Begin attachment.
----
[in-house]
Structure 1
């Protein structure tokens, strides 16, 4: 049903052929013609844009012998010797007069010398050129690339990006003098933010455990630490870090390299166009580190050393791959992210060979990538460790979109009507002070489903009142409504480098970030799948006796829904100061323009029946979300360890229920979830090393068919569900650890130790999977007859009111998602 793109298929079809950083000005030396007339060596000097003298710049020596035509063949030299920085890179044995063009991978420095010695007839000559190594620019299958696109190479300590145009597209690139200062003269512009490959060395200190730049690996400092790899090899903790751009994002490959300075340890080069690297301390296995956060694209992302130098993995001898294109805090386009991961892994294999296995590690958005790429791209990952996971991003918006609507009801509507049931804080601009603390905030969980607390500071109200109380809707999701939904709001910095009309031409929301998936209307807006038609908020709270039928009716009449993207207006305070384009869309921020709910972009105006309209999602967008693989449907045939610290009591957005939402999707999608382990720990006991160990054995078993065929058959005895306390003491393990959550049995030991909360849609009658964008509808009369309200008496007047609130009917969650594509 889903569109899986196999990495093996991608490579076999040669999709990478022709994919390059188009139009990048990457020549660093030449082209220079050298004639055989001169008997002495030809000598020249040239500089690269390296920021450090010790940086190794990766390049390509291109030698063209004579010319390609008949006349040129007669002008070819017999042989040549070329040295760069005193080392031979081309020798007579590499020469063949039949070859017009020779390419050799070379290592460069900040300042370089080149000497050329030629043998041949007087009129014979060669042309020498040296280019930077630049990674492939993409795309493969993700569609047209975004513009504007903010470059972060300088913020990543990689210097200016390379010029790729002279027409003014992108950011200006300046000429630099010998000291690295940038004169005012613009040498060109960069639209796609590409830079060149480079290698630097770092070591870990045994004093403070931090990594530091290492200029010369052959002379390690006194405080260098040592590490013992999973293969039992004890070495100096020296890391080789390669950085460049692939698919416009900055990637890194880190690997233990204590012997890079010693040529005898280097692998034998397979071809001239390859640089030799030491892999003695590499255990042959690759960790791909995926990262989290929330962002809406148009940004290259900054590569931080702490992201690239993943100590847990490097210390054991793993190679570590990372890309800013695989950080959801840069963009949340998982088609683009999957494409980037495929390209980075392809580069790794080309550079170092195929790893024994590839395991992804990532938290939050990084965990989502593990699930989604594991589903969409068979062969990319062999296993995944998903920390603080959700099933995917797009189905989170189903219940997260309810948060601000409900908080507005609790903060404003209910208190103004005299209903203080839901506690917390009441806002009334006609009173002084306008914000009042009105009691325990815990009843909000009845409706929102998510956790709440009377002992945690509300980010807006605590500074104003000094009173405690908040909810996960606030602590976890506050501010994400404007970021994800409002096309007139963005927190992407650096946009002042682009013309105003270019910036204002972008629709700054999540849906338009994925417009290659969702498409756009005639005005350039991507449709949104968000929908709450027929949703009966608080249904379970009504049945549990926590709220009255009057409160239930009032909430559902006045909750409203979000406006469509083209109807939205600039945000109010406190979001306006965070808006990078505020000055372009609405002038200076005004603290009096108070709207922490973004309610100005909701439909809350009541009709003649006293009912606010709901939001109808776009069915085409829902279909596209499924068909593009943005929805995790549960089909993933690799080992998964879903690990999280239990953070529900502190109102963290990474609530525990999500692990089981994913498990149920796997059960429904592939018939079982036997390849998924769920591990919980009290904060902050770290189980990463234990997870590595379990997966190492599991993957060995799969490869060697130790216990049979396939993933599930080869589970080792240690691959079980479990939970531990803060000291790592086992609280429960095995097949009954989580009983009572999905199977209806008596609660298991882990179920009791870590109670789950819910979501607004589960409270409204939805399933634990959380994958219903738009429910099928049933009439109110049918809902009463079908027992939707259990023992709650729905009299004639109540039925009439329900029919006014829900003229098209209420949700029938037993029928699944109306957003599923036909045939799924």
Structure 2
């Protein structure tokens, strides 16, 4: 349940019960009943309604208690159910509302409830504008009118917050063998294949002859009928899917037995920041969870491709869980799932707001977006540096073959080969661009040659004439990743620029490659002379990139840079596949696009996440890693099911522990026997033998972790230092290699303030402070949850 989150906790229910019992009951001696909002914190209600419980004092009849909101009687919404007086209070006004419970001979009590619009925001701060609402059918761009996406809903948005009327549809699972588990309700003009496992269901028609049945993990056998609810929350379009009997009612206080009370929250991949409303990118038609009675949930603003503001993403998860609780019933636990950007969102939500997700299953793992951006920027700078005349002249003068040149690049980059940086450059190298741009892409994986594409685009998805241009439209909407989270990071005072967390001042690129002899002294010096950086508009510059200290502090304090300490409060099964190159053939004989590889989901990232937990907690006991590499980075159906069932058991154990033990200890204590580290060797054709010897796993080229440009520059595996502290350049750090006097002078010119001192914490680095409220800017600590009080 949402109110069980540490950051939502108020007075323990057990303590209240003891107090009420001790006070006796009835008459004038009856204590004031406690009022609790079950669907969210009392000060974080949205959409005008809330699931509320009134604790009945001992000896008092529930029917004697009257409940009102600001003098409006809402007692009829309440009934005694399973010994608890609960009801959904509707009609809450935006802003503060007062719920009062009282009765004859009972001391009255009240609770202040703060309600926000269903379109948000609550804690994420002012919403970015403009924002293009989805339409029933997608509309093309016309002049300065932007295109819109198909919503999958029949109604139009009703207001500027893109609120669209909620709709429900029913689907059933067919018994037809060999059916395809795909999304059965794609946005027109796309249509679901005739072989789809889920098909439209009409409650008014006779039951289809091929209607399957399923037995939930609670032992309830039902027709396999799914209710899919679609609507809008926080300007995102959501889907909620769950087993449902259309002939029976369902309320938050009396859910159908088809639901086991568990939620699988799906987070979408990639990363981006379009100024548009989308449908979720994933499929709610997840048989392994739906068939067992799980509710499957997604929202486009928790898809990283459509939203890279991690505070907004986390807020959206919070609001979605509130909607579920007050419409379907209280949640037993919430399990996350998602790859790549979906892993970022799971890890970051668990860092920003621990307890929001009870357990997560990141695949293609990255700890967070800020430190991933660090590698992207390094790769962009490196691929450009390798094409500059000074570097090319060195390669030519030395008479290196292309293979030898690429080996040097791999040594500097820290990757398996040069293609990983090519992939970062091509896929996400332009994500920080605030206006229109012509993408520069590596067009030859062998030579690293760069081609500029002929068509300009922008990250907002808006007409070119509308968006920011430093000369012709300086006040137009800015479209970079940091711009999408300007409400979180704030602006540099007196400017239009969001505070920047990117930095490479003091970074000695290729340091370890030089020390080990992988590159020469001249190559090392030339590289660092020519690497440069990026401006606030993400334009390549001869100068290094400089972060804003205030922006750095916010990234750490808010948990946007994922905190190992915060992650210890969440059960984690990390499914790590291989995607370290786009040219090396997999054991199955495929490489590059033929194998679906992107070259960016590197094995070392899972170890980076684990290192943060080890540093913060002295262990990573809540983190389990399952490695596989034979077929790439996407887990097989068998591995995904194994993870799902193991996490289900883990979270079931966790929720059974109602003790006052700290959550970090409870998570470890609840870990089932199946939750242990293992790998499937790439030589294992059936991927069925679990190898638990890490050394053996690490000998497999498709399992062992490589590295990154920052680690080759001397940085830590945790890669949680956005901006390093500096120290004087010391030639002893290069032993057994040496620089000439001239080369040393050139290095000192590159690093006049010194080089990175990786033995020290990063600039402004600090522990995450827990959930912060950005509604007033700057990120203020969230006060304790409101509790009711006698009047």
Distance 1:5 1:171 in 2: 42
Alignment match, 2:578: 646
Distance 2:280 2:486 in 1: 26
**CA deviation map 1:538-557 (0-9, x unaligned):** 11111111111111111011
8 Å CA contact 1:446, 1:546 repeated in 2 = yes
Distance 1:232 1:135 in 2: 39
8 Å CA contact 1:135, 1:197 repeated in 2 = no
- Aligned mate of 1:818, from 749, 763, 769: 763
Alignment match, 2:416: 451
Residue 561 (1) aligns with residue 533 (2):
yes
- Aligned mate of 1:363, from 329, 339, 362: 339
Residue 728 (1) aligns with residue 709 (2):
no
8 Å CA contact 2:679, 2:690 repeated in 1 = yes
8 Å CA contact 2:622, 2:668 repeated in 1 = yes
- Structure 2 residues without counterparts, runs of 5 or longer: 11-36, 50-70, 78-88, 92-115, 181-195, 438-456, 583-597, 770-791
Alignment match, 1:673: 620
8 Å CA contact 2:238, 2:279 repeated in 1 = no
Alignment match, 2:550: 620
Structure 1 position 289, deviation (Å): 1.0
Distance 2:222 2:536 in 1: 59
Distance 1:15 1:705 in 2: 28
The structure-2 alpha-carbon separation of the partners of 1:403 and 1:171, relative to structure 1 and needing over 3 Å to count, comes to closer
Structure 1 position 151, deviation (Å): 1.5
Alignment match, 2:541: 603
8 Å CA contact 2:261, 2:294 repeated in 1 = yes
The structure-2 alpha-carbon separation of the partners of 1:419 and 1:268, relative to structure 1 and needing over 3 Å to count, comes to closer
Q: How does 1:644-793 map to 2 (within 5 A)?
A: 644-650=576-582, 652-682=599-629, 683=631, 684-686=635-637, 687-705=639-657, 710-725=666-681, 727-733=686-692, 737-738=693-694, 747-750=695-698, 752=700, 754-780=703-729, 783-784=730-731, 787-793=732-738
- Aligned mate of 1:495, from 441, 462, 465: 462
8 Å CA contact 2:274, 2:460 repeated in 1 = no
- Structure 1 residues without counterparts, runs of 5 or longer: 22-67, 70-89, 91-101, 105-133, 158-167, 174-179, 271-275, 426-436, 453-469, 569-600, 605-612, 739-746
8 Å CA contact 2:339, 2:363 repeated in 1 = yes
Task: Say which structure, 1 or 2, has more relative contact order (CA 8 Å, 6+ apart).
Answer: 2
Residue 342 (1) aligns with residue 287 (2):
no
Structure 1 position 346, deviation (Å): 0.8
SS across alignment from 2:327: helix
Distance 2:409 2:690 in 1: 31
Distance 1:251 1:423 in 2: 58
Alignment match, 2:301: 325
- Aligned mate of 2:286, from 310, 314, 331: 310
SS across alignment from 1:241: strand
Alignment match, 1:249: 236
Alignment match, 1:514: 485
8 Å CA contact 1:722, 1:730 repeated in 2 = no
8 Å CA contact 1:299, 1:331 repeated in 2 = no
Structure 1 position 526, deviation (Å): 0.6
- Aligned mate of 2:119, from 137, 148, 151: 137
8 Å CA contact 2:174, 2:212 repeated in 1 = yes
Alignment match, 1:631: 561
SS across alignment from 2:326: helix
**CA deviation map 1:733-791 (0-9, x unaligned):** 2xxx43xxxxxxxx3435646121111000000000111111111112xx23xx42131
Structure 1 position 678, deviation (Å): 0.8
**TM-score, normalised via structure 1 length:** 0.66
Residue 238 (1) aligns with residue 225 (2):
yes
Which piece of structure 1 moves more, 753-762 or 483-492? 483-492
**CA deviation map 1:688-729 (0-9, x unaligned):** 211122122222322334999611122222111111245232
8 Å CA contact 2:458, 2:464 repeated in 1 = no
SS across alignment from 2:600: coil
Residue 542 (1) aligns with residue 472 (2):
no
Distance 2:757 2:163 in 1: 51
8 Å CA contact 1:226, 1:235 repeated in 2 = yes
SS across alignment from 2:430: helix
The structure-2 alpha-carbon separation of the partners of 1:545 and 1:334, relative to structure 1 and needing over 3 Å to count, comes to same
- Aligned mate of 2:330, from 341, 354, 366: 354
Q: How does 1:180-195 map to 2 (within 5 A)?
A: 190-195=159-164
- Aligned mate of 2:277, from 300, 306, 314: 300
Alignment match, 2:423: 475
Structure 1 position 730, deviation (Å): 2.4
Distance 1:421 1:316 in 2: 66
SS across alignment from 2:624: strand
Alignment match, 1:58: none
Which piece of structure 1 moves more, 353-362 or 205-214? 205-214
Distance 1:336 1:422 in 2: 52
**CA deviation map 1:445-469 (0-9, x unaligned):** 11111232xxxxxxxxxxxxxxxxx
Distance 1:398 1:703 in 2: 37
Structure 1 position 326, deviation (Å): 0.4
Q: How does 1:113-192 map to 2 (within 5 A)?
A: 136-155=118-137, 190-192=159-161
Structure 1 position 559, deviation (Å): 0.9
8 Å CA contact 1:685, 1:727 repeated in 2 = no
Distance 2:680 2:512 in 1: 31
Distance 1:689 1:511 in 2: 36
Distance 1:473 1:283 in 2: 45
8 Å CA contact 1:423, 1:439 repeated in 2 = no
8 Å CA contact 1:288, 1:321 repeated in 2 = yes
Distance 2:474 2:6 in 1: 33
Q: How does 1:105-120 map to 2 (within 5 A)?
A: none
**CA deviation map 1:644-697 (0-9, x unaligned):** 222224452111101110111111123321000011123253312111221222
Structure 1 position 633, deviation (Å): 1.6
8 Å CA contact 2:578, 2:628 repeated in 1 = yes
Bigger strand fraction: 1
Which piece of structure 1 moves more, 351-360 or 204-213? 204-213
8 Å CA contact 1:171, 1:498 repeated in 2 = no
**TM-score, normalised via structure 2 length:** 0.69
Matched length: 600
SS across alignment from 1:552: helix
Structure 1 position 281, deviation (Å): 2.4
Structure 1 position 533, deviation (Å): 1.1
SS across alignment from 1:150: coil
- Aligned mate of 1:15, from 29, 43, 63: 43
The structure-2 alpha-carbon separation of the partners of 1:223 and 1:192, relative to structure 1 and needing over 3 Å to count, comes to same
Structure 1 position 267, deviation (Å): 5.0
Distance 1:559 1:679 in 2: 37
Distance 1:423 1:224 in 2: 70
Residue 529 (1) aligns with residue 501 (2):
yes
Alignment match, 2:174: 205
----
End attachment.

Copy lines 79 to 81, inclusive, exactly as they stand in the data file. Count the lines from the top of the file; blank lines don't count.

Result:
Alignment match, 2:423: 475
Structure 1 position 730, deviation (Å): 2.4
Distance 1:421 1:316 in 2: 66